1. Please take 30 seconds to register your free account to remove most ads, post topics, make friends, earn reward points at our store, and more!  

whats the formula for Bass to guitar power?

Discussion in 'Basses [BG]' started by jerryjg, Dec 17, 2006.


  1. jerryjg

    jerryjg

    Aug 20, 2006
    Say the guitar players got a Marshall 100 watt full stack(2 four X twelve cabinets). How much bass power and speaker output do i need to keep up at full volume? I mean both amp and speakers? Could i simply halve that Bass requirement for a half stack Marshall with a 100 watt head?
     
  2. Ten Four One

    Ten Four One

    Dec 5, 2006
    4 times. :)

    Birds are small and their voices carry. But it takes an elephant to make a bass note that will travel for miles over the plains.
     
  3. Ten Four One

    Ten Four One

    Dec 5, 2006
    You could probably get away with a 300-400 watt head with a 4x10 cab as long as your guitarist wasn't really cranking away, which he hopefully isn't unless he's playing with John Bonham.
     
  4. Munjibunga

    Munjibunga Total Hyper-Elite Member Gold Supporting Member

    May 6, 2000
    San Diego (when not at Groom Lake)
    Independent Contractor to Bass San Diego
    I'm in the ten times crowd, unless your guitar player has a sincere desire to sit in the mix, which he doesn't.
     
  5. Lucky Flameout

    Lucky Flameout Dark Stage Krawler

    Nov 20, 2005
    Falcon, Colorado
    My guitar player runs a Laney stack (a 100 watt head unit and two 4X12 cabinets).

    I had a matching Laney bass amp, and could not keep up with him, even in small clubs.
    My rig was a Laney Richter R4H, a 300 (some paperwork said 350) watt head unit, one 4X10 cab and one 1X15 cab.
    I was ALWAYS pushing that rig.

    I switched to a Carvin RL1018 rig, Red Line 1,000 watt head unit, one 4X10 cab and one 1X18 cab.
    I have no trouble now, plus I don't have to push the rig hard.

    Bottom line, 3 TO 1 wasn't enough.......;)
     
  6. Ten Four One

    Ten Four One

    Dec 5, 2006
    120 vs 300 isn't 3 to 1, it's more like 2.5 to 1. A 2nd cab is always a good idea, provided you've got room in your car for it.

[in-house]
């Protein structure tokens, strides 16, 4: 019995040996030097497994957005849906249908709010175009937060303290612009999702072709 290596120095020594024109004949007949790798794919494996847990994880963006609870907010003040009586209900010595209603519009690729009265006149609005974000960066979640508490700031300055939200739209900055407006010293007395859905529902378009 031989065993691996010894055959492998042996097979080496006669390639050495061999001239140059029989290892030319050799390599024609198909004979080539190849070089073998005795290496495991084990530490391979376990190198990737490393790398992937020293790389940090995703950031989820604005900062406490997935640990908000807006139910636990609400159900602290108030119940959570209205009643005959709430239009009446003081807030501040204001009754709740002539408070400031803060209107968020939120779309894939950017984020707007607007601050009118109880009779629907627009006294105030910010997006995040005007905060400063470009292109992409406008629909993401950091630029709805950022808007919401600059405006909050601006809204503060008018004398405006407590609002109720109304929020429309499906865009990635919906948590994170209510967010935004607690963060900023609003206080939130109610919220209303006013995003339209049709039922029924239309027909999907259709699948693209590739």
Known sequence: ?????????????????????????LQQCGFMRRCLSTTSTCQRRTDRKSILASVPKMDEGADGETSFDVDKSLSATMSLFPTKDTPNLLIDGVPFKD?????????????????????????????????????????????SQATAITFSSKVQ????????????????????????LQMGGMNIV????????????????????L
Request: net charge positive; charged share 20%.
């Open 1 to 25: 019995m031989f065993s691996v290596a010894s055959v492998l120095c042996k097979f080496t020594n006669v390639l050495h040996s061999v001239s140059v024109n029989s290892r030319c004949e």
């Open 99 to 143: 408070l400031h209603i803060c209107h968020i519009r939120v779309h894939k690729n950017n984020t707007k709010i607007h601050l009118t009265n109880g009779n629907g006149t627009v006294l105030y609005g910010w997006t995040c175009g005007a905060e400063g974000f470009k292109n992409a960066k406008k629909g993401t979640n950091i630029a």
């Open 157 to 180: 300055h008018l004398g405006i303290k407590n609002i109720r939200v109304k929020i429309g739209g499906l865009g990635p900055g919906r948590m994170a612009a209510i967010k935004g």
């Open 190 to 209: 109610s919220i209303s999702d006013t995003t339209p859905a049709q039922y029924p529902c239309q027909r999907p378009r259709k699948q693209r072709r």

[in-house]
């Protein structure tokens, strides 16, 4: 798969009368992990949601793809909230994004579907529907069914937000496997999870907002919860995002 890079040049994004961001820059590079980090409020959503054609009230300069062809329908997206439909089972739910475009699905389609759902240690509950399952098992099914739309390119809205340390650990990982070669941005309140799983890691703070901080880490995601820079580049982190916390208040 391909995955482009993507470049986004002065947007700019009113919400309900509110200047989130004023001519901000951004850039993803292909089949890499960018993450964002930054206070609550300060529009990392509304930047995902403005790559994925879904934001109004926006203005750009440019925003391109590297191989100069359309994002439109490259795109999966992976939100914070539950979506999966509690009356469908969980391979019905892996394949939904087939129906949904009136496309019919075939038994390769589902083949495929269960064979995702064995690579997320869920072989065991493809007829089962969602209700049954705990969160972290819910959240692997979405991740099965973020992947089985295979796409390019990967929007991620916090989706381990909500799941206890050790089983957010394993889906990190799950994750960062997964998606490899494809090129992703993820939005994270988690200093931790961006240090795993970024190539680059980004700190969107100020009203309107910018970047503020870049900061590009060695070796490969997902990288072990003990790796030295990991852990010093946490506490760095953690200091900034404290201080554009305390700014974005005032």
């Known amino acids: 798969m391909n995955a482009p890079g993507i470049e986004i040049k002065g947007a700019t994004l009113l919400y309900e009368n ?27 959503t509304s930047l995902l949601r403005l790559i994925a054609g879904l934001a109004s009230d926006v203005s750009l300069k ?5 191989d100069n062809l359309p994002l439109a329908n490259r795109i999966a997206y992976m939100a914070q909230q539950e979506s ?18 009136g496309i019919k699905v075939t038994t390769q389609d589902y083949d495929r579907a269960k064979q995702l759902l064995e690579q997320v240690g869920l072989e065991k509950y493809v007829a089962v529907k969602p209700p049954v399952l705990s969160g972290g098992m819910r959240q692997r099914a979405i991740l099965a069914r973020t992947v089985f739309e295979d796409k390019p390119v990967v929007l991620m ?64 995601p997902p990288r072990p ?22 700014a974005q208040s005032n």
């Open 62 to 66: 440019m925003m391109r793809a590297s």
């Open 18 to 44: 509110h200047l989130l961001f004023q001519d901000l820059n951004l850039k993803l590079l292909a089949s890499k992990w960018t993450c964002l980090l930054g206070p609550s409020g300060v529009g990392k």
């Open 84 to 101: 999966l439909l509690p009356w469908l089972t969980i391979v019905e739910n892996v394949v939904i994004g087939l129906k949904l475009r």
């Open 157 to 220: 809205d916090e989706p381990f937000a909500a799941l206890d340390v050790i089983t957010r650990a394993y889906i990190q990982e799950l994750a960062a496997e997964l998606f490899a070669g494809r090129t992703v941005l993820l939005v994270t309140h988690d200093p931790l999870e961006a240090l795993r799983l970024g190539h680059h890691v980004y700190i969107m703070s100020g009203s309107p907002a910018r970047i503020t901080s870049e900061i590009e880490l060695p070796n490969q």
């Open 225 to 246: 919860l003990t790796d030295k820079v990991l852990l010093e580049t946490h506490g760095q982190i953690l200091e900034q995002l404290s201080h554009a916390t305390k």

And those 18's are monsters. I had one for a while (an old music man cab), while it was relatively light, it was as large as a house.
     
  7. Lucky Flameout

    Lucky Flameout Dark Stage Krawler

    Nov 20, 2005
    Falcon, Colorado
    My motto should be: "It helps to have a truck, and a roadie.......".;)
     
  8. A9X

    A9X

    Dec 27, 2003
    Australia
    Yes, theoretically with everything else being equal, to go an octave lower requires 4x the power. However the ear's sensitivity is lower at lower frequencies requiring even more level to compensate for apparent (lack of) loudness. Speakers are almost always less efficient at lower frequencies too.
     
  9. Ten Four One

    Ten Four One

    Dec 5, 2006
    "However the ear's sensitivity is lower at lower frequencies requiring even more level to compensate for apparent (lack of) loudness."

    That's only below 80db or so.... ;-) If I remember correctly, that's when the fletcher munsen curve approaches flat.

    Yeah, it takes more power to move a speaker enough to generate a 15 foot sound wave.

    Another way to think of it is "how big is an acoustic guitar? a voilin? how big is an upright bass?" You could almost draw a pyramid around them and nail the size vs. tonal characteristics.
     
  10. Ten Four One

    Ten Four One

    Dec 5, 2006
    Anyway... I was always pretty good with a Hartke 4000 a 4x10 and a 1x15, and while my band was considered loud, we were hardly going to 11.